Engineering Structural mechanics, structural design Materials selection and engineering applications Heat & fluid transfer, elastic & plastic deformation Micro, macro and composite structures, tribology Vibration, noise and sound engineering Circuits, electromagnetics, signal analysis Aerothermal engineering, aerodynamics, turbulence, engines Optical communications, communication networks Soil mechanics, geothermal modelling, complex analysis Chemistry and Physics Molecules, polymers, metals, ceramics, semiconductors Diffraction, imaging, chemical and spatial characterisation Thermodynamics and kinetics, solutions and surfaces Corrosion, catalysis, electrochemistry, spectroscopy Mechanical, electrical and magnetic properties Oscillation, waves, dynamics, quantum mechanics Organic reactions, organometallics, molecular orbitals Astrophysics, atomic physics, relativity Biology, Pathology and Zoology Transplantation and drugs Cells, disease, sexuality, emotions Genetics, organisation and expression, biogenesis Intercellular comms., immunology, nervous system, memory Virology, pharmacology Earth Sciences and Geology Phase equilibria, diffraction, imaging, structure, kinetics Earth, palaeontology, sedimentation, tectonics, seismology Maps, hydrosphere, ecology Philosophy Natural philosophy, sociology, ethics, morality best teachers are generated over the next decade. The history of university-level teaching highlights that undergraduate courses are best organised by those who have a deep understanding of the subject and have a passion that comes from research. I personally have little respect for some universities that divorce teaching and research. I know of one university where all undergraduates are now required to take biology, irrespective of career choice. This is nothing new. In the past, another university required all candidates (including those taking humanities) to achieve a first class in mathematics in order to qualify with a first class in their own subject. Mathematics was regarded as an essential part of any education. Something similar could be done with biology, to speed the rate at which disciplines other than biology assimilate developments in that subject. Developments in information technology could prove vital in such advances in teaching. There has been considerable effort in the development of software for materials education, an example being the MATTER project in the UK. Its aim is to produce interactive educational software for students and teachers, particularly for dealing with concepts that are difficult to grasp or visualise. Of course, such quality software has a cost. Commercial software may cost as much as an expensive book, and students tend not to purchase the softShared? Yes Yes Yes Yes No No No No No Yes Yes Yes Yes Yes No No No Yes No No No No Yes No No No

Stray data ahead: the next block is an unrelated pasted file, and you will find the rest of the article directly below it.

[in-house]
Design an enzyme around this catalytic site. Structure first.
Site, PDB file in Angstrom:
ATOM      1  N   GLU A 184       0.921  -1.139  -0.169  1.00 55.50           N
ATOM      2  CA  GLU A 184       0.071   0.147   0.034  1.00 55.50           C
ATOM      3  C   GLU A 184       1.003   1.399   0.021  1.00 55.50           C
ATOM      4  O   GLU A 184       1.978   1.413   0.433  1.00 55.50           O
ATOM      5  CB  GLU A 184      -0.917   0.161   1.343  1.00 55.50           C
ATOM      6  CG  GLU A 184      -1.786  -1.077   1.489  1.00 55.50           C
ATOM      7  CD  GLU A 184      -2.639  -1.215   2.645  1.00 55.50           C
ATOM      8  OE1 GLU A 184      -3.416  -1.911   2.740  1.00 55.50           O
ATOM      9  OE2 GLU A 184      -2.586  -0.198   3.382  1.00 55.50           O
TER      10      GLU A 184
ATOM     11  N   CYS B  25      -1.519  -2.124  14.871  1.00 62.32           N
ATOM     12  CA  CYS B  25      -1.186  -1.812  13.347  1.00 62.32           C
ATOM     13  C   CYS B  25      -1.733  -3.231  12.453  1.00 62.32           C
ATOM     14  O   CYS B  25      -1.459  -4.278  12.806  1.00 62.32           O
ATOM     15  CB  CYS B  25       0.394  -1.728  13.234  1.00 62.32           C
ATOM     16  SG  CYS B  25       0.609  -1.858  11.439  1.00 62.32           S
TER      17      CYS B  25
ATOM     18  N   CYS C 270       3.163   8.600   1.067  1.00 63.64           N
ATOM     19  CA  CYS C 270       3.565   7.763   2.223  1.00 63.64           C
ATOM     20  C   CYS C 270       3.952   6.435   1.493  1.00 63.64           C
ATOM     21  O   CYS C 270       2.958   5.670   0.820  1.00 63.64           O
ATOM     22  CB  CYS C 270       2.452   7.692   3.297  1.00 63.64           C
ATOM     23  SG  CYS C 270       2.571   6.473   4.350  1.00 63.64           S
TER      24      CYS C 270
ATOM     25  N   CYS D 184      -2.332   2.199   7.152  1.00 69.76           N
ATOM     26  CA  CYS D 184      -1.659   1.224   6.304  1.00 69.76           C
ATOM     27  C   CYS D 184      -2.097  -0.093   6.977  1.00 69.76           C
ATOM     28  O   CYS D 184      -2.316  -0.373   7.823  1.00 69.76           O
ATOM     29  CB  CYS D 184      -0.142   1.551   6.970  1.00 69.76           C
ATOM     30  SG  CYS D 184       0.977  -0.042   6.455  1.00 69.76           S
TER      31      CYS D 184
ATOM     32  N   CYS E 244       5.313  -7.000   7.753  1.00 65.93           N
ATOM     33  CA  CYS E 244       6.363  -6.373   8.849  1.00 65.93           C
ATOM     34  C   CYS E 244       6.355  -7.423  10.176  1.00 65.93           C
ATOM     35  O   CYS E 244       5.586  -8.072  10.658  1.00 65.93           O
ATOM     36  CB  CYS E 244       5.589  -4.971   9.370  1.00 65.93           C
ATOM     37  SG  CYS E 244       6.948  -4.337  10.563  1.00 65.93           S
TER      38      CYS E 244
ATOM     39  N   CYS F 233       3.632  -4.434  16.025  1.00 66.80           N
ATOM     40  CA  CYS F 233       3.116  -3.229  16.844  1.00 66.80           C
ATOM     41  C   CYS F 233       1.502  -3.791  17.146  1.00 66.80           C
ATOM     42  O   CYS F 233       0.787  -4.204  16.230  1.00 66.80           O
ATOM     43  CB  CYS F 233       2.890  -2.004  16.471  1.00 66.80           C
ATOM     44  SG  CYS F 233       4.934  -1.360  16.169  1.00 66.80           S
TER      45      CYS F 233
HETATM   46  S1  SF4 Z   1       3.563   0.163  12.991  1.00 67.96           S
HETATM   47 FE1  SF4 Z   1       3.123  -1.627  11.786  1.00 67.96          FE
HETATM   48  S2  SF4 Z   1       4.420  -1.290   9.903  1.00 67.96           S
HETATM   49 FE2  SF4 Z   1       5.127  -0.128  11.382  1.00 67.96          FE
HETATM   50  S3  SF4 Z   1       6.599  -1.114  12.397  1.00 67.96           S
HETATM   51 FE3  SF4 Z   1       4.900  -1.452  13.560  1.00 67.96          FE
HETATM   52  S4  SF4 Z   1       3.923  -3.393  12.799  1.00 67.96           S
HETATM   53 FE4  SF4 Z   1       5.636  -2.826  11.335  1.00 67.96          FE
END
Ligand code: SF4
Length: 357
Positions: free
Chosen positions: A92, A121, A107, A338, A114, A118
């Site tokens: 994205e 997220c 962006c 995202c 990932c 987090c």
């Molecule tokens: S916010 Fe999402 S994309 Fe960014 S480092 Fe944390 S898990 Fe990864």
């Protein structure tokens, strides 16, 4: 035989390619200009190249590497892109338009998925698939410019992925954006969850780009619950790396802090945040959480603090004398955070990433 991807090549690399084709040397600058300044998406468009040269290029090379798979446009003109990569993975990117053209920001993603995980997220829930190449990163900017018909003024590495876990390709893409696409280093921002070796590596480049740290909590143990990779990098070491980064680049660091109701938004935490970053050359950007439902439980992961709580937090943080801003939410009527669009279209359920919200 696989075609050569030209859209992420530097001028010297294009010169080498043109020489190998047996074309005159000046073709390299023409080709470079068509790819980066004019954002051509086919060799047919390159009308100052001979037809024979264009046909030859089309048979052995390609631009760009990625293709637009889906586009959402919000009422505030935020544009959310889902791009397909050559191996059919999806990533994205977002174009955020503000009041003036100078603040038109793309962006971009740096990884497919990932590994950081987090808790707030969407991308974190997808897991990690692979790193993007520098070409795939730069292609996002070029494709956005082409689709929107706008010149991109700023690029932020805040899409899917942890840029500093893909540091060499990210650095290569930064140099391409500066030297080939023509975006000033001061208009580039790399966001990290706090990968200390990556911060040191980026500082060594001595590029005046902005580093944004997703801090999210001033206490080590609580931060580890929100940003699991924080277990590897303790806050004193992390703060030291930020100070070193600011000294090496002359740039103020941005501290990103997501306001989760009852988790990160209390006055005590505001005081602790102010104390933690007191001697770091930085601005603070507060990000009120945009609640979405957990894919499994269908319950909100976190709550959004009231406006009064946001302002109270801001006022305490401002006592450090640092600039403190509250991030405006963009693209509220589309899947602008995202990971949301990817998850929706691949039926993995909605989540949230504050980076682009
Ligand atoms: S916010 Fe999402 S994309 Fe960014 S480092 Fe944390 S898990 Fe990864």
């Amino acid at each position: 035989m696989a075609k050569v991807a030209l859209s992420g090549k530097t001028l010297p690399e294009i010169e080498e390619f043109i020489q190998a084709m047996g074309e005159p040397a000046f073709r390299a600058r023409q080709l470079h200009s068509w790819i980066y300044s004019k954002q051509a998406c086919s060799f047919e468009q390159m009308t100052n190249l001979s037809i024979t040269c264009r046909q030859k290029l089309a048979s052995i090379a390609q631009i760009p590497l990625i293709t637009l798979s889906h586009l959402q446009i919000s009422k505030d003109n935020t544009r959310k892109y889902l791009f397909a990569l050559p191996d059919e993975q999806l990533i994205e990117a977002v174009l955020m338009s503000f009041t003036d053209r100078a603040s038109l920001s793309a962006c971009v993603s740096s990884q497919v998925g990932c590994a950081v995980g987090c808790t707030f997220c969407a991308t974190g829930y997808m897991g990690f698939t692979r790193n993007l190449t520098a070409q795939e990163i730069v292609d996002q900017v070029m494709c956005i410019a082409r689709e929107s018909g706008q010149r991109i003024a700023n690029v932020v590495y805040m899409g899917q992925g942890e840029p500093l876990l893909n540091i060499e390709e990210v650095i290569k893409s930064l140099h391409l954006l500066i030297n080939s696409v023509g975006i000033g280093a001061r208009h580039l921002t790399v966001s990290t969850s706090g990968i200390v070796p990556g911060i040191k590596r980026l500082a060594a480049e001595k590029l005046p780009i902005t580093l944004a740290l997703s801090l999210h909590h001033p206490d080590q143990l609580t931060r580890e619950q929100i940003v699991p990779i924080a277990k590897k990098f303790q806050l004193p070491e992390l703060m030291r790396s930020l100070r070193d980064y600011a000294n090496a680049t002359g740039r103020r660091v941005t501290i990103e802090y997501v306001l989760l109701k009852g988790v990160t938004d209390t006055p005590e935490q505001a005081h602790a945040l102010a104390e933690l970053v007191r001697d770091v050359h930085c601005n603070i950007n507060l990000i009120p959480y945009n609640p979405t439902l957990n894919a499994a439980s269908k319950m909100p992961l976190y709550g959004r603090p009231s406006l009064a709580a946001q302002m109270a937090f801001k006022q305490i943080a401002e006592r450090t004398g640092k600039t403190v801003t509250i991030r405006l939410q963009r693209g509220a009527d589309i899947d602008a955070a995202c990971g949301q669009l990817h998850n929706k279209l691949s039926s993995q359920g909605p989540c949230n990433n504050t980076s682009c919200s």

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Authors details